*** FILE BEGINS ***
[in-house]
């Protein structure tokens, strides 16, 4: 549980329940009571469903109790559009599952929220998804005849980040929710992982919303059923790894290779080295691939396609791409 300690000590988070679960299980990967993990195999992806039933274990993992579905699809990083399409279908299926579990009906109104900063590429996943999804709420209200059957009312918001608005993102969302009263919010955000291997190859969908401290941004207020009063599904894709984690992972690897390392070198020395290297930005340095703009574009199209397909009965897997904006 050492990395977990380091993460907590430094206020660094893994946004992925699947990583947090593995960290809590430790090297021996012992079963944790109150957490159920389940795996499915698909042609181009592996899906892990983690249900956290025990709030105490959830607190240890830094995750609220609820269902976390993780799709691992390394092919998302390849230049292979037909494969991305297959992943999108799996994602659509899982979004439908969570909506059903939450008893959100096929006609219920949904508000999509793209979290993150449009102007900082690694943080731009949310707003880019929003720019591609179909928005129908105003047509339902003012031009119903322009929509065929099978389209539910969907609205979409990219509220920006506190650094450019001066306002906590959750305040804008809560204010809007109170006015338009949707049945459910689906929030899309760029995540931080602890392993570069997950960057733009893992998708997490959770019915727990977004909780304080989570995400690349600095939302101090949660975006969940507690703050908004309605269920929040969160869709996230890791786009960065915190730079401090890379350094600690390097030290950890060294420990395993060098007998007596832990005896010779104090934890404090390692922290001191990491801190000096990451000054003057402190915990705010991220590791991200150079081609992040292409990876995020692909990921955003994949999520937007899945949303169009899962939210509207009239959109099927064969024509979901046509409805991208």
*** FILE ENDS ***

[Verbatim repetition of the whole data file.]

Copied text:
[in-house]
């Protein structure tokens, strides 16, 4: 549980329940009571469903109790559009599952929220998804005849980040929710992982919303059923790894290779080295691939396609791409 300690000590988070679960299980990967993990195999992806039933274990993992579905699809990083399409279908299926579990009906109104900063590429996943999804709420209200059957009312918001608005993102969302009263919010955000291997190859969908401290941004207020009063599904894709984690992972690897390392070198020395290297930005340095703009574009199209397909009965897997904006 050492990395977990380091993460907590430094206020660094893994946004992925699947990583947090593995960290809590430790090297021996012992079963944790109150957490159920389940795996499915698909042609181009592996899906892990983690249900956290025990709030105490959830607190240890830094995750609220609820269902976390993780799709691992390394092919998302390849230049292979037909494969991305297959992943999108799996994602659509899982979004439908969570909506059903939450008893959100096929006609219920949904508000999509793209979290993150449009102007900082690694943080731009949310707003880019929003720019591609179909928005129908105003047509339902003012031009119903322009929509065929099978389209539910969907609205979409990219509220920006506190650094450019001066306002906590959750305040804008809560204010809007109170006015338009949707049945459910689906929030899309760029995540931080602890392993570069997950960057733009893992998708997490959770019915727990977004909780304080989570995400690349600095939302101090949660975006969940507690703050908004309605269920929040969160869709996230890791786009960065915190730079401090890379350094600690390097030290950890060294420990395993060098007998007596832990005896010779104090934890404090390692922290001191990491801190000096990451000054003057402190915990705010991220590791991200150079081609992040292409990876995020692909990921955003994949999520937007899945949303169009899962939210509207009239959109099927064969024509979901046509409805991208």